Woodstock School Principal Beth Clarke helps fifth grader Madeline Jewell with her florescent vest. Rose Lincoln

Woodstock School students and volunteers hiked from school to Lapham Ledge in the snow. Rose Lincoln

Fifth grader Ade Luetje catches snowflakes. Rose Lincoln

WOODSTOCK — As the snow falls on a recent Thursday morning, 16 Woodstock Elementary School fourth and fifth graders are hiking into the woods with their principal, a few teachers and several volunteers.

Some have backpacks and nearly everyone has an orange vest or hat. If they forgot their mittens, they take a pair from a box of donated ones in the office.

In the winter they’ll use snowshoes; the school has 50 pairs.

In a nine-minute  Oct. 25 special town meeting, Woodstock voters said yes to the purchase of the land the students are hiking on. The acreage abuts Buck’s Ledge and was purchased specifically for school access.

As they leave from school the children no longer need to walk along busy Rumford Avenue to get to the trail head off Echo Lane. Jane Chandler, and other Woodstock Conservation Commission members, forged a new trail that runs parallel to the street. Eventually when they cross Rumford Avenue, it will be on a crosswalk that is in the works, too.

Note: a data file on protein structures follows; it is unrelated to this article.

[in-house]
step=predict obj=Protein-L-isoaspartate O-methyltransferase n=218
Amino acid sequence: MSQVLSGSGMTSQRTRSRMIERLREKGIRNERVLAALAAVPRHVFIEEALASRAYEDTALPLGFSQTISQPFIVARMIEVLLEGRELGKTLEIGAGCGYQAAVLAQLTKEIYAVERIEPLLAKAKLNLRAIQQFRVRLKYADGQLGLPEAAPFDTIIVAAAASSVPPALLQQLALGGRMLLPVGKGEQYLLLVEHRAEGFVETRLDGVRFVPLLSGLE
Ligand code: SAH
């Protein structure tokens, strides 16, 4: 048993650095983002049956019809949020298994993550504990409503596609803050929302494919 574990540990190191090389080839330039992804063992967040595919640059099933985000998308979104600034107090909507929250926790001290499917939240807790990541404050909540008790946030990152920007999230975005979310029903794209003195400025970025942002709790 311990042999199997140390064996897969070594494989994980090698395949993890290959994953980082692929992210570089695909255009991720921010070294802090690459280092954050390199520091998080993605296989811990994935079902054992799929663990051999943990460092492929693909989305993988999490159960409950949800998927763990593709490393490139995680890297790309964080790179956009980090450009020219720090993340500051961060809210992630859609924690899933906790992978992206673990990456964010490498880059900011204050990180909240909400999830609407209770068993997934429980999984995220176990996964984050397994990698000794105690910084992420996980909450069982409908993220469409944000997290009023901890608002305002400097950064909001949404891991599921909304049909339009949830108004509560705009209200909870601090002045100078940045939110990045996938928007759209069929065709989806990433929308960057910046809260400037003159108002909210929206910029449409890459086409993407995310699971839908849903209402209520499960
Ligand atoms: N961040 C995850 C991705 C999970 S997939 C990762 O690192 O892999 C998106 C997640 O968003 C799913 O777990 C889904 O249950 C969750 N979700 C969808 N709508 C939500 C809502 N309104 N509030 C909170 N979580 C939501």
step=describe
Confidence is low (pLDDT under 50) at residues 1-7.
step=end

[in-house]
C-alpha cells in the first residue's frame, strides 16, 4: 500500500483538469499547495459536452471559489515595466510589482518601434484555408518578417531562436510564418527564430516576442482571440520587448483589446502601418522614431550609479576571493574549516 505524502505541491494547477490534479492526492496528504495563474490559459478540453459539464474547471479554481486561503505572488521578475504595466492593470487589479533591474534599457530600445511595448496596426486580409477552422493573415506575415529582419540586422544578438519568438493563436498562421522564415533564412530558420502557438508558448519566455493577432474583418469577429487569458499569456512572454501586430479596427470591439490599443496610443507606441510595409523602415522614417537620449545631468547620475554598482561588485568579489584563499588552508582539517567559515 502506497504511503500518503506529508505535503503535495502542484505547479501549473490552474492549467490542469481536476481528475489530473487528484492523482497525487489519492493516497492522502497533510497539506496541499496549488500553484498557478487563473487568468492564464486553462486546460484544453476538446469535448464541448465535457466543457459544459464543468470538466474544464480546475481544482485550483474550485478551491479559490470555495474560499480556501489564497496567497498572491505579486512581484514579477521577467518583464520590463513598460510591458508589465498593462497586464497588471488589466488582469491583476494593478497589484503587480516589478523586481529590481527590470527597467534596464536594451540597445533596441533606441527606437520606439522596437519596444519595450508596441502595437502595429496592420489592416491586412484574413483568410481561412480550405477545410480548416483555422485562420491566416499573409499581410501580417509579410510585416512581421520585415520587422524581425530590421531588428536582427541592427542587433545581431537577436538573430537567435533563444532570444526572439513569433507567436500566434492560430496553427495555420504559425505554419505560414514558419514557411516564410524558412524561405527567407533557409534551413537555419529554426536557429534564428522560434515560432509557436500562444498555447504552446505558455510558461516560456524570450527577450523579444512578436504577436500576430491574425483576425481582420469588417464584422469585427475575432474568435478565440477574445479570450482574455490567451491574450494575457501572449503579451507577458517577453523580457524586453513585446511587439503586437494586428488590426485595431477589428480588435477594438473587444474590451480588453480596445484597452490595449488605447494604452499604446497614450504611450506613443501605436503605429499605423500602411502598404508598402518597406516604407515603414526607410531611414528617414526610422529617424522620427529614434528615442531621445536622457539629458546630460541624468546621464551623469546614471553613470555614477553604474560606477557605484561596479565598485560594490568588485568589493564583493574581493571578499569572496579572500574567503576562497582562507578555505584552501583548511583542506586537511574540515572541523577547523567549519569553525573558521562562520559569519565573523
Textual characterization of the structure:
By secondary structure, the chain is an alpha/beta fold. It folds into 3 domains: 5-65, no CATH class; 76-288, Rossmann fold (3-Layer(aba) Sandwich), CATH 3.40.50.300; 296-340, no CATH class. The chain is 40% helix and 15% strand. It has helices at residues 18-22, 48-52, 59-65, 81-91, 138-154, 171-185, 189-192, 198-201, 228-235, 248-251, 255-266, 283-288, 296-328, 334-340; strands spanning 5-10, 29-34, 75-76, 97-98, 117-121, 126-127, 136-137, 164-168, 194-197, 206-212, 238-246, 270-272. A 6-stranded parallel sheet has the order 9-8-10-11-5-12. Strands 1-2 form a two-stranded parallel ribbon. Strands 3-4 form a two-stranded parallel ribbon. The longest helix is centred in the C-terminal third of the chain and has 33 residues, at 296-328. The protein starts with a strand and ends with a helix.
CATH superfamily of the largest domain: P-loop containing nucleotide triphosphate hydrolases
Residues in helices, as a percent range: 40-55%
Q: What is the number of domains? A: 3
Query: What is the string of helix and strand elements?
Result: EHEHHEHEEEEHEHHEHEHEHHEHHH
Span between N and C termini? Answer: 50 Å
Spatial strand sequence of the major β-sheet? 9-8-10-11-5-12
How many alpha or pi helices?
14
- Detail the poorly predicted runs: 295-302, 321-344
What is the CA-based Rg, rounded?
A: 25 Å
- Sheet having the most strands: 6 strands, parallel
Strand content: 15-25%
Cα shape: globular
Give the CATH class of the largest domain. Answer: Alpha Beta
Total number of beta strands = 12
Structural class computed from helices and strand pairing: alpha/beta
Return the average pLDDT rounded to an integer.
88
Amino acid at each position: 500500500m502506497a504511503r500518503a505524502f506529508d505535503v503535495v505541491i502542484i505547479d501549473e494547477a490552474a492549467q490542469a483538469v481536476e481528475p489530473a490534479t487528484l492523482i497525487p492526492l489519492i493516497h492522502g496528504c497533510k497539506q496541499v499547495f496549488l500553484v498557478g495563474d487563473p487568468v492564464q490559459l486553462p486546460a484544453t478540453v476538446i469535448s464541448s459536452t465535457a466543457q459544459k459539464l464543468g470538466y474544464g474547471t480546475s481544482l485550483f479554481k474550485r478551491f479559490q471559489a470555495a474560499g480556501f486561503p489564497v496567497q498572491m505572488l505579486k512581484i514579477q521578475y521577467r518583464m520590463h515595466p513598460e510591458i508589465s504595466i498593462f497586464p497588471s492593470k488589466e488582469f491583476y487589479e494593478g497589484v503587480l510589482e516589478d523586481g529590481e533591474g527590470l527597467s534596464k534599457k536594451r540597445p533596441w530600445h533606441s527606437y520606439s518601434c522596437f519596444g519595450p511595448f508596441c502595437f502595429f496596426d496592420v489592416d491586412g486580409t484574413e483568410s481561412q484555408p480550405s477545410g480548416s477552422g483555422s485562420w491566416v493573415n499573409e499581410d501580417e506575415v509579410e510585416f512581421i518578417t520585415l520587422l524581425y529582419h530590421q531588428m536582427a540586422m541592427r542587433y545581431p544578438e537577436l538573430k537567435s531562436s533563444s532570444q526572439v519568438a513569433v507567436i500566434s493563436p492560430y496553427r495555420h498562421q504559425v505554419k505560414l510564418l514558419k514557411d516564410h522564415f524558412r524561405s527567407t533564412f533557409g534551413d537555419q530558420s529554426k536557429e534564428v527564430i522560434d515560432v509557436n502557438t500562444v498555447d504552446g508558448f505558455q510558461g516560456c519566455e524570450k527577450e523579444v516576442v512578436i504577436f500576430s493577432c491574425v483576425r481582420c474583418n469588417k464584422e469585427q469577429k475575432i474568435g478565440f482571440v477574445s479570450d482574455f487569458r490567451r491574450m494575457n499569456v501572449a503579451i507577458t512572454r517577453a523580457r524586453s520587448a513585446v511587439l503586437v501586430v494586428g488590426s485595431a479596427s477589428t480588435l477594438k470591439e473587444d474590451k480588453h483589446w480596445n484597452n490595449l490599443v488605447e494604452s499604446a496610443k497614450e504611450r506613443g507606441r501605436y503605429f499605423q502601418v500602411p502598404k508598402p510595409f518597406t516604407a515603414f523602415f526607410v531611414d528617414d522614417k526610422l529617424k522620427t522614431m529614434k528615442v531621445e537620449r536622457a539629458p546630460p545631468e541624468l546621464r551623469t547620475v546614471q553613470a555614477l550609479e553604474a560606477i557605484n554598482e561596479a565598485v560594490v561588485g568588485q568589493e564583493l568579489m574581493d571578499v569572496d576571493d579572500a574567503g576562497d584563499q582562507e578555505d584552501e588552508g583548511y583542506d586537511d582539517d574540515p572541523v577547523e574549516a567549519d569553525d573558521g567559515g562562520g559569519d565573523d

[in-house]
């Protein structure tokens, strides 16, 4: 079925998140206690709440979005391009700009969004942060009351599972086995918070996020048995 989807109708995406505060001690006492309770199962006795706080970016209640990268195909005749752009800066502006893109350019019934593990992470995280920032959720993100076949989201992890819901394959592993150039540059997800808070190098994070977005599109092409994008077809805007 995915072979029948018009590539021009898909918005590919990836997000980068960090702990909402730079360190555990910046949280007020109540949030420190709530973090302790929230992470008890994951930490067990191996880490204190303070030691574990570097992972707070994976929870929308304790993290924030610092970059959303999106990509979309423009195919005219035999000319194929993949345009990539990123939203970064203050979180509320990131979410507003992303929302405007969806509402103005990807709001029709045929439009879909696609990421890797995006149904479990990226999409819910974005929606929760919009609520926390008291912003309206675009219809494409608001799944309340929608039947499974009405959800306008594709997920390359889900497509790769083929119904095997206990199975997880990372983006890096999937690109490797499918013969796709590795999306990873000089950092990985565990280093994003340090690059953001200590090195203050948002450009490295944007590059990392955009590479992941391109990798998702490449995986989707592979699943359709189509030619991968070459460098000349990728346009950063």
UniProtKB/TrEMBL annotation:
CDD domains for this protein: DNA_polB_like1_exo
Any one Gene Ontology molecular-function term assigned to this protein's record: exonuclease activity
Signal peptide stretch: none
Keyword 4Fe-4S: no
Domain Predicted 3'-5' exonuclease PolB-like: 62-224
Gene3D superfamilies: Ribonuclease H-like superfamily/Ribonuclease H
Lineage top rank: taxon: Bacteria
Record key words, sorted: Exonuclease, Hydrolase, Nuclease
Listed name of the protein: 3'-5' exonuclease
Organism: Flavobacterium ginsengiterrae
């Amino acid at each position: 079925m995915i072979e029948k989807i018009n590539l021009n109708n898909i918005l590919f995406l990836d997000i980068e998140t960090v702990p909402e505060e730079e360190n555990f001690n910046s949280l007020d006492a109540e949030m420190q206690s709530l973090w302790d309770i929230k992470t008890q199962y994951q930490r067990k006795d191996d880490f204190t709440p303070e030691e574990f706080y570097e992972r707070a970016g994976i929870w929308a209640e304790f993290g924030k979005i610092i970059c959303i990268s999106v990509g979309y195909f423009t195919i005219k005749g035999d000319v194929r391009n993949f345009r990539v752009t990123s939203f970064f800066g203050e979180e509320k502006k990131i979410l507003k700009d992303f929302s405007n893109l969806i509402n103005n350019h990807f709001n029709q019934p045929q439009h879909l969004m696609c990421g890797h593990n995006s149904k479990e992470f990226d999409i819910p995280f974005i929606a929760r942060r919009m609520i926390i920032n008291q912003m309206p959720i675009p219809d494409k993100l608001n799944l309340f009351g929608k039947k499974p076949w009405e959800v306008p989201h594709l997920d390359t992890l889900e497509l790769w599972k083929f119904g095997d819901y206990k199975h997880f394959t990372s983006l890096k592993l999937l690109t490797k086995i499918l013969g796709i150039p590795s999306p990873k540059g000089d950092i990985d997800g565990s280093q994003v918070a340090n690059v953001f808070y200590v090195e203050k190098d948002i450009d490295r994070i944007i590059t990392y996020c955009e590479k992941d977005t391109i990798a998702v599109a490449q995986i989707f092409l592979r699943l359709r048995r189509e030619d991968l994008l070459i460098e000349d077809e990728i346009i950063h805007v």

In a pre-hike circle, Physical Education teacher Melissa Kilborn tells the children they will be building a compass with their partner when they reach the top of Lapham’s Ledge.


Woodstock School Principal Beth Clarke said they invite families on the hikes so they will be familiar and comfortable with the trails and  return with their children on their own. “I just want the outdoors to be a part of their life,” said Clarke.

Fifth grader Madison Osgood, who said she likes to see animals on hikes, came with her parents, Rickie and Sam Osgood.

After crossing Rumford Avenue, it is a short trek to the trail head where a sign points the direction to Lapham Ledge. As the trail turns into an old logging road, Chandler points out a beaver pond. A trail to the pond is coming, she says.

Fourth grader Macie Hartzell said the view at the end is what she likes best since she doesn’t enjoy walking.

At a bridge that crosses a brook, fourth grader Dom DiBenedetto is hesitant to cross. He had never crossed a bridge made of logs and it was uncomfortable, he said. The others cheer when he gingerly steps to the other side.

Fifth grader Madeline Jewell hiking beside Clarke is chatty, talking about hikes she does at her grandmother’s house in Greenwood.

Clarke says, “When you walk in the woods with kids, the kinds of conversations that happen, you can’t replicate that inside of a schoolhouse. They are genuine, really informal, they share things that make them happy, and you learn about their life.”

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